January 19, 2011

Remembering Renato Guttuso

J. Boyden

Yesterday, January 18th, was the 24th anniversary of the death of Renato Guttuso.

Renato Guttuso (1911-1987) was a communist painter who was born in Sicily. I found out about him watching a long fictional drama called Baaria (2009). Guttuso is not a main character. He only makes a “cameo” appearance but his artwork comes back at times throughout the movie re-enforcing the grand narrative about peasants and farmers struggle for justice and dignity in a society of fascism, poverty and corruption.

Many critics have panned Baaria, perhaps because of it's length but more likely, I think, because it stars a communist politician. It won an award at the Venice film festival and I liked it -- but that is for another review.

Renato Guttuso’s Italian-language Wikipedia page says that he was a militant anti-fascist. He chose anti-fascist themes during the Spanish civil-war. He dedicated some of his paintings to Federico Garcia Lorca, brilliant (and gay) poet, spokesperson for the Republic, and killed by fascists in the civil-war.

Under fascist rule, painters did not have the freedom to address pro-people and democratic themes in art. Yet Guttuso bravely did just that in his painting Crocifissione (1941). The work was declared revolutionary and heretical by the powerful Italian Catholic church. In a society where violence and militarism dominated, the painting was a bold statement against the brutality of war. The Vatican went as far as forbidding the religious from looking at the canvas.

 Crocifissione (1941)
Guttuso became a spokesperson for a new generation of young Italian artists disgusted with the politics and cultural icons of fascism even before the war. His style rejected most academic approaches to painting and embraced a full-range of often brilliant, bright colours. He joined the under-ground Italian Communist Party in 1940.

After the liberation of Italy he produced many famous works of “social art,” focusing on the poor, peasants, and other working people. He was influenced by socialist realism as well as his colleague and friend, Pablo Picasso; and he engaged in the intense debates on style in critique of much abstract Italian art of his time. He also produced sensuous and erotic paintings.

During the Cold War Guttuso painted on a social backdrop of sharp class struggle. The Italian Communist Party, thrown out of an alliance in government, grew to be one of the largest Communist Parties in capitalist Europe but the left faced sharp political and ideological pressure as well as physical attacks, even assassination attempts of leaders. Washington paid special attention to Italy because of the popular support of the Communists. The CIA’s engagement in Italian politics worked to support big Italian capital, the reactionary side of the Catholic church, as well as the Mafia.

These were political forces that Guttuso dedicated his life to fighting, both in paint and in political discourse. He also became a voice for peace at a time when imperialism’s strategies potentially included the madness of a Third, nuclear, World War.

Occupation of uncultivated lands in Sicily (1950)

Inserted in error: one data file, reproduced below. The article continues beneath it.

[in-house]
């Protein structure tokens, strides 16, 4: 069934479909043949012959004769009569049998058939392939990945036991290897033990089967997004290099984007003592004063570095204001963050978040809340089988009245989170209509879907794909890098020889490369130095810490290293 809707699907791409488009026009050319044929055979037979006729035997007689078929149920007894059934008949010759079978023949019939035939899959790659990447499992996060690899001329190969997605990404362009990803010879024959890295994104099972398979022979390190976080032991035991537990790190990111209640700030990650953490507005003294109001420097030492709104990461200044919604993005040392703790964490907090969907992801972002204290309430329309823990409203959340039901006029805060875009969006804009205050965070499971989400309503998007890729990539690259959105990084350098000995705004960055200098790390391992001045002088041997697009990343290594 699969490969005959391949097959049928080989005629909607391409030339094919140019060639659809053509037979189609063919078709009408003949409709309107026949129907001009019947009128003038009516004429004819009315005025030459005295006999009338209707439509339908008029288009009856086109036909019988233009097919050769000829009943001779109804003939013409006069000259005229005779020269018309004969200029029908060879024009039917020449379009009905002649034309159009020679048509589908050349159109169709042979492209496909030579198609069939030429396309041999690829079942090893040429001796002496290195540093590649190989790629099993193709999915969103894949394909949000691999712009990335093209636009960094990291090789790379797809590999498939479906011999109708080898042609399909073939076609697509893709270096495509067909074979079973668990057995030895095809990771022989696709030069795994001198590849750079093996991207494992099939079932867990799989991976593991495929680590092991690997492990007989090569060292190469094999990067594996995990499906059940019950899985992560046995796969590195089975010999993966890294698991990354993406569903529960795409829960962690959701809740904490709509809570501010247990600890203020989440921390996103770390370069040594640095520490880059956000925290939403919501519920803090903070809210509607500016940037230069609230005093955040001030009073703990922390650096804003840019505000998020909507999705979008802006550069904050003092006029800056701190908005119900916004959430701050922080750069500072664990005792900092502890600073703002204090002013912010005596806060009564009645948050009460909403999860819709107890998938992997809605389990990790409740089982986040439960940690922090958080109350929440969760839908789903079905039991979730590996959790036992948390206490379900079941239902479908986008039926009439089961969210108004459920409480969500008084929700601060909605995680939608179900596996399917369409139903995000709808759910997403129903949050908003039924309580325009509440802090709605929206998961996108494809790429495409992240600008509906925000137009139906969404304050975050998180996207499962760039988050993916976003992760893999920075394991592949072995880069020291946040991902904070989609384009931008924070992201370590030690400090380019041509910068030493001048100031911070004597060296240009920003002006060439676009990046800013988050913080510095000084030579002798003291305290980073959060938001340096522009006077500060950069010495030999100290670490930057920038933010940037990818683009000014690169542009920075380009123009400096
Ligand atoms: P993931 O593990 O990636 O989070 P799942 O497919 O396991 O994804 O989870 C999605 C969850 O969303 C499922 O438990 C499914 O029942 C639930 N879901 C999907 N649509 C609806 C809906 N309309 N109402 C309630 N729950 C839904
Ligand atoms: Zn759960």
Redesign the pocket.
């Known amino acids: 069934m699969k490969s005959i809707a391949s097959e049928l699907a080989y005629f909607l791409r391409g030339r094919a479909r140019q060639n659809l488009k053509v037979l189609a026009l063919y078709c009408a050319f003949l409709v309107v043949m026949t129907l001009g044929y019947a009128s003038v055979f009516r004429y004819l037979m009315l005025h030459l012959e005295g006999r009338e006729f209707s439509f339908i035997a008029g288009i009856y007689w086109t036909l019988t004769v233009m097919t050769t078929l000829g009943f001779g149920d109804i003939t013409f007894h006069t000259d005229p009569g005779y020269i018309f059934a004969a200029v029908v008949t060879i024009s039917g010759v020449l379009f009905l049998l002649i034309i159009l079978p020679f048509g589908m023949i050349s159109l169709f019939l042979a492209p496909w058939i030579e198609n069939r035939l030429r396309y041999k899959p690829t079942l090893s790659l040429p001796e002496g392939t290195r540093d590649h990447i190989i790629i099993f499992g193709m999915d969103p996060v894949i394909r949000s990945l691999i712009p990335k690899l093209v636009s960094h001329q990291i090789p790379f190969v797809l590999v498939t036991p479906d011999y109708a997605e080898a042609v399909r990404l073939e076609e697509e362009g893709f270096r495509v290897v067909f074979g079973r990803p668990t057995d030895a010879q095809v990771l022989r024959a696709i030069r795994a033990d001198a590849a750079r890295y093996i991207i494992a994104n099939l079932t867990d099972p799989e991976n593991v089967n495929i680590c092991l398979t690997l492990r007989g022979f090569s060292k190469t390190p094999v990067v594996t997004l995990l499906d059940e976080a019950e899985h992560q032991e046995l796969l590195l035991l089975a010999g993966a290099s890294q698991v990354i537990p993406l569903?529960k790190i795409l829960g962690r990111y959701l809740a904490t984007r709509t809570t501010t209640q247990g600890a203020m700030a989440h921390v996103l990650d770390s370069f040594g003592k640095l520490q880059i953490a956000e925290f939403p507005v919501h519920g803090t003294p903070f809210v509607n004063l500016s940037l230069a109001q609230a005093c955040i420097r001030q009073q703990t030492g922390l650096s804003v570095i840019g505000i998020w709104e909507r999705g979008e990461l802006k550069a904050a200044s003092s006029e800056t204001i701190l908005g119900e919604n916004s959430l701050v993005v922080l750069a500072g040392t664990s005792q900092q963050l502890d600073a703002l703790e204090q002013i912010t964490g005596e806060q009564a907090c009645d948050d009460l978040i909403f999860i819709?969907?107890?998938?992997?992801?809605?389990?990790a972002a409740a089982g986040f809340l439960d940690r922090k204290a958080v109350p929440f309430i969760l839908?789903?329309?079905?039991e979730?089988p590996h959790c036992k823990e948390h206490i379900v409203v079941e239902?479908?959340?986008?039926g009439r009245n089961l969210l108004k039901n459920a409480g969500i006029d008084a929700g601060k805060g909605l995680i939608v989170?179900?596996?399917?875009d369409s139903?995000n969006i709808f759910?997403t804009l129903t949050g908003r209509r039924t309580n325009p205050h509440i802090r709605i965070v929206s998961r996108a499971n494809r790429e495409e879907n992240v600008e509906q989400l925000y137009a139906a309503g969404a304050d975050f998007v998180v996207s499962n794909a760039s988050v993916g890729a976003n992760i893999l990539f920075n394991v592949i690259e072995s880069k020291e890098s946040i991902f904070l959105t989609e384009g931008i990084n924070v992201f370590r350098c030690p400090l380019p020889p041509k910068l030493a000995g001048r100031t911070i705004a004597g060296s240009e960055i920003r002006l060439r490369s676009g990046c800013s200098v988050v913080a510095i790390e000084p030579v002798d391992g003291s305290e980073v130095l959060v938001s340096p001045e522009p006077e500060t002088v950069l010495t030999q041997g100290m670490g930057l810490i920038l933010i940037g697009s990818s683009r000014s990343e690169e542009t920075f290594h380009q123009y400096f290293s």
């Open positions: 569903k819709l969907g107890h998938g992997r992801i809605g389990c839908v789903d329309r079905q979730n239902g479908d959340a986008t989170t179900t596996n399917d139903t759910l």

Later in life he left Italy. He first moved to Paris, painting the young militants of ’68. He taught and exhibited around the world including in the great art museums of the Soviet Union. He was awarded the Lenin Peace Prize. Like the character in the movie Baaria, Guttuso was elected and re-elected to the senate for the Communist Party of Italy.

One of his greatest works in his later life was I funeral di Togliatti (1972, below). Palmiro Togliatti was a resolute anti-fascist and leader of the Italian Communist Party. A million people marched in the streets of Rome for his funeral.

I funeral di Togliatti (1972)
Guttuso held convictions of socialism, communism and democracy that put him conflict with much of the world of art, where the artist’s vision is crudely held ransom by their patron. In this conflict, he not only struggled but produced works of Italian modern art that are know around the world.

We remember your art and your vision, Guttuso.

See more of his paintings: http://www.guttuso.com/
- Comments


  1. He lived like a king. See "Midnight in Sicily" a book that recounts his aggressive acquisitive nature. His fortune ended up in the hands of an adopted "son." The adoption was consummated in record time, and his long-time mistress (who was not interested in inheriting Gattuso's vast fortune) was excluded by the powers that kept Gattuso a virtual prisoner in his own house for the months leading up to his death.

  2. My claim is not that Guttuso was a saint -- rather that his paintings speak to the struggle of working people and humanity. He wouldn't be the first personality to create great art and have serious problems on the personal level, which of course should be recognized. His anti-fascist contribution at the beginning of his life was heroic.

    And at the same time, Anonymous, you should admit that Midnight in Sicily is a 2006 best-seller by an ex-pat Australian which is about Sicilian food and crime, mixed together with personal anecdotes --and some spicy mini-biographies.



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